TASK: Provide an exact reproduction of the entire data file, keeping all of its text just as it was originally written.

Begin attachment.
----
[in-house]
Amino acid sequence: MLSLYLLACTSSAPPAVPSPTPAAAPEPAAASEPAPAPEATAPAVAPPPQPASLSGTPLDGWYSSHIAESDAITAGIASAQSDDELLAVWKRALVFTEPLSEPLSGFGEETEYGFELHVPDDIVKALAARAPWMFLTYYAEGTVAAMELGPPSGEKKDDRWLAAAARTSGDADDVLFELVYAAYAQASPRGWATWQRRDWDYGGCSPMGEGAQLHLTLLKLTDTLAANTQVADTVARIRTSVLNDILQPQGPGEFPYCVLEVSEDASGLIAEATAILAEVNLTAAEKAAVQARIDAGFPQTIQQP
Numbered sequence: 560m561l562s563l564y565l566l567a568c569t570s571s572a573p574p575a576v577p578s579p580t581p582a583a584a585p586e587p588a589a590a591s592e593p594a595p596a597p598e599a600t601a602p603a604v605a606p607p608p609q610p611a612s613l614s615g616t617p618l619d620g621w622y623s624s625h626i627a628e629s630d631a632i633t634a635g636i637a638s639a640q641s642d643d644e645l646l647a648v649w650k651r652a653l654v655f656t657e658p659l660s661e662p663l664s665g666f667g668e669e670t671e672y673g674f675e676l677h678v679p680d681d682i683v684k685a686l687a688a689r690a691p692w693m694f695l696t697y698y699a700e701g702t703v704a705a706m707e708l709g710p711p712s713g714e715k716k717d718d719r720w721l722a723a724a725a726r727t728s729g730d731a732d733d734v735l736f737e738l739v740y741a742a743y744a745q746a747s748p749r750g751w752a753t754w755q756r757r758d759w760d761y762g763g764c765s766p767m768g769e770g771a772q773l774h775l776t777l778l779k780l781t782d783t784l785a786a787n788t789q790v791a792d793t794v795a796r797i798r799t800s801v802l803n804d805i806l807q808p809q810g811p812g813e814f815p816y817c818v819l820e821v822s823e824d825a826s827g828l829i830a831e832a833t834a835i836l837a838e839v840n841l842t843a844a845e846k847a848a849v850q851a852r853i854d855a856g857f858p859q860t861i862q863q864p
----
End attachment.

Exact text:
[in-house]
Amino acid sequence: MLSLYLLACTSSAPPAVPSPTPAAAPEPAAASEPAPAPEATAPAVAPPPQPASLSGTPLDGWYSSHIAESDAITAGIASAQSDDELLAVWKRALVFTEPLSEPLSGFGEETEYGFELHVPDDIVKALAARAPWMFLTYYAEGTVAAMELGPPSGEKKDDRWLAAAARTSGDADDVLFELVYAAYAQASPRGWATWQRRDWDYGGCSPMGEGAQLHLTLLKLTDTLAANTQVADTVARIRTSVLNDILQPQGPGEFPYCVLEVSEDASGLIAEATAILAEVNLTAAEKAAVQARIDAGFPQTIQQP
Numbered sequence: 560m561l562s563l564y565l566l567a568c569t570s571s572a573p574p575a576v577p578s579p580t581p582a583a584a585p586e587p588a589a590a591s592e593p594a595p596a597p598e599a600t601a602p603a604v605a606p607p608p609q610p611a612s613l614s615g616t617p618l619d620g621w622y623s624s625h626i627a628e629s630d631a632i633t634a635g636i637a638s639a640q641s642d643d644e645l646l647a648v649w650k651r652a653l654v655f656t657e658p659l660s661e662p663l664s665g666f667g668e669e670t671e672y673g674f675e676l677h678v679p680d681d682i683v684k685a686l687a688a689r690a691p692w693m694f695l696t697y698y699a700e701g702t703v704a705a706m707e708l709g710p711p712s713g714e715k716k717d718d719r720w721l722a723a724a725a726r727t728s729g730d731a732d733d734v735l736f737e738l739v740y741a742a743y744a745q746a747s748p749r750g751w752a753t754w755q756r757r758d759w760d761y762g763g764c765s766p767m768g769e770g771a772q773l774h775l776t777l778l779k780l781t782d783t784l785a786a787n788t789q790v791a792d793t794v795a796r797i798r799t800s801v802l803n804d805i806l807q808p809q810g811p812g813e814f815p816y817c818v819l820e821v822s823e824d825a826s827g828l829i830a831e832a833t834a835i836l837a838e839v840n841l842t843a844a845e846k847a848a849v850q851a852r853i854d855a856g857f858p859q860t861i862q863q864p